Setting the desktop computers aside for a moment, we did remind everybody at the start of this article that web design is one of the most multifaceted fields out there that involves a great variety of different skills and disciplines. And that means there’s a great variety of devices and gadgets that could help you perfect your craft. For instance, if you’re the kind of web designer that mostly dabbles in graphic design, there are plenty of good drawing tablets on the market that will allow you to create high-quality digital images with the sort of convenience that no subpar product will be able to offer.

Visualize How It Works

When you’re building an entire website from scratch, it is often hard to see a complete picture just by looking at all of the pieces of the puzzle. However, that is exactly what you should be doing. Try to picture yourself interacting with the final product. How does it work? Is it particularly user-friendly? Will the experienced audience (if that is the sort of target audience you have in mind) find it quite as useful as those people that aren’t as knowledgeable on the subject? What are the biggest selling points of your product? What are some of its weaknesses?

And if visualization isn’t exactly your strongest suit, you could always build a mockup version of the website first, the kind that will imitate the main functions of your website in order to help you gauge the overall effectiveness of your concept. Obviously, this method will be mostly helpful in terms of checking the actual use and the site’s functions and it won’t be able to do you much good as far as aesthetics go.

Get Some Help

We get it. You have been a web designer for as long as you can remember and, setting the matter of pride aside for a moment, you were always more of a lone wolf anyway. With both years of experience and some serious skills under your belt, you really don’t feel like seeking any kind of help, let alone some guidance. But even the biggest introverts won’t be able to deny that the right kind of collaboration has always been the key to a successful project. Ask any good web designer and that person will probably tell you that some of his best projects would have turned out completely different if it wasn’t for the input of his colleagues along the way.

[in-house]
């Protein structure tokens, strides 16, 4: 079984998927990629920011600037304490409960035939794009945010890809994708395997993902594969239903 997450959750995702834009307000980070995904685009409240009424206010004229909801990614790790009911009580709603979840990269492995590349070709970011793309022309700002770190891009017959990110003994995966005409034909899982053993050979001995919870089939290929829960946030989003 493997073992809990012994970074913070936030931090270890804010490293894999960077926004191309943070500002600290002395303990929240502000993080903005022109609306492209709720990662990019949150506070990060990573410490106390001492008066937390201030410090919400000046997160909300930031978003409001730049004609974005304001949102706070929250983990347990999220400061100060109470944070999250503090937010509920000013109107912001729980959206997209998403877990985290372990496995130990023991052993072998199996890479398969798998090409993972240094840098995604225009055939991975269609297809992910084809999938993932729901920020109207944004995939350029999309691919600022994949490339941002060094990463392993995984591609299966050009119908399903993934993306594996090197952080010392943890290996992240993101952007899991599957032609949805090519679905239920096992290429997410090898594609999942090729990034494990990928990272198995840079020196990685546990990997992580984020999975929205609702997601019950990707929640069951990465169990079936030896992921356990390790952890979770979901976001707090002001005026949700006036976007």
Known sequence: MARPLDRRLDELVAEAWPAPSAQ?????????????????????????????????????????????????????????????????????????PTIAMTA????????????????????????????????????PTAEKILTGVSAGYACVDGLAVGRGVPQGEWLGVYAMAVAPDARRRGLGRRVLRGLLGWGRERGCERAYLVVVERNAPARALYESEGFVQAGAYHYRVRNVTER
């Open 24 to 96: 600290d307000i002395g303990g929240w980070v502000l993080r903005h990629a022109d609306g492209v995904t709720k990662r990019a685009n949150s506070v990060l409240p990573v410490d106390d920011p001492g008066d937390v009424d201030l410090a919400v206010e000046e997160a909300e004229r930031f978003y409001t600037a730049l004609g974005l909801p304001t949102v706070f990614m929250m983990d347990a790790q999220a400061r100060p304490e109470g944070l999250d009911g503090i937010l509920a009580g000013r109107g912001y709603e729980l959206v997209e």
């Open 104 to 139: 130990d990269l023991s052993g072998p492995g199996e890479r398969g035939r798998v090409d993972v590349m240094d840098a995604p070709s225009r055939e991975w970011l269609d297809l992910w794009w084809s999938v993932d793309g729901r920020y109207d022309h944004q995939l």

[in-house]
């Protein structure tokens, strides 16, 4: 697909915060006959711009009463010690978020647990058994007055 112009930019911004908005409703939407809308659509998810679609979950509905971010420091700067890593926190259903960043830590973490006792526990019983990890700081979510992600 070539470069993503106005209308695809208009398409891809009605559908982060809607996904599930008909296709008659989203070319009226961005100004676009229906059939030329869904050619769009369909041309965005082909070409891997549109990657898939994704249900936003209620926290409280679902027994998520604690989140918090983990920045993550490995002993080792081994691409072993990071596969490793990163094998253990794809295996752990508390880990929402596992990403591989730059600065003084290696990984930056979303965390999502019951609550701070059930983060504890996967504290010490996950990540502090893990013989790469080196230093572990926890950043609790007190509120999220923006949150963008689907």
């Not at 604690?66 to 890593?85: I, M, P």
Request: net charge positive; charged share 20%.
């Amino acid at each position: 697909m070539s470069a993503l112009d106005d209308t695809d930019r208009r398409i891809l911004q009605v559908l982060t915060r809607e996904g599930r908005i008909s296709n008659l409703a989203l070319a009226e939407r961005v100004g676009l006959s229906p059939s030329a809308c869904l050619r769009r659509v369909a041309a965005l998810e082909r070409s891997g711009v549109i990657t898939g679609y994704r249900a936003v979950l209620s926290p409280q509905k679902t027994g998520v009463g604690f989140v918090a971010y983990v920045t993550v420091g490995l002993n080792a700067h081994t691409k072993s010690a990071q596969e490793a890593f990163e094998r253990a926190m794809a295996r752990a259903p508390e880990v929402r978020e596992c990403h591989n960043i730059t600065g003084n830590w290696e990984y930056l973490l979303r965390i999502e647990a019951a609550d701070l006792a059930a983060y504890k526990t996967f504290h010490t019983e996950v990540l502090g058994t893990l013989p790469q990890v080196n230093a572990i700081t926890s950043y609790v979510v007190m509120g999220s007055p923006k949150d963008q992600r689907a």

Of course, simply agreeing to it is seldom enough. You should invite that participation. Ask somebody who has a bit more experience than you do for an advice. Ask a less experienced designer for his opinion. Try to gather as much feedback as possible about every detail, be it something as minor as the colors, font, or imagery or something as major as ideas and bigger functions. Even if you do not necessarily respect the person’s views when it comes to web design, it’s never a bad idea to get a second opinion.

Set a Deadline

We wouldn’t go as far as to call the web designers a lazy bunch, but let’s just say that those creative individuals often require some extra motivation to finish the work on time. Whether you agree with it or not, we bet that the majority of designers will agree that most projects never really get going (or even started, for that matter) until there is a strict deadline that has to be met. We don’t quite know what it is, but there’s just something about that pressure that brings out the best in talented people.

Having said that, sometimes you don’t have to set a deadline yourself as you’re forced to deal with an unrealistic one set by your customers or your boss. If that’s the case, don’t be ashamed to ask for a deadline extension.

And that’s about all there is to it. Of course, there are plenty of more practical approaches out there and quite a few of those that are more targeted towards a specific job instead of web design in general. So if you feel like these creative solutions were a bit too out-of-the-box for you, don’t hesitate to look for some useful bits of information on your own.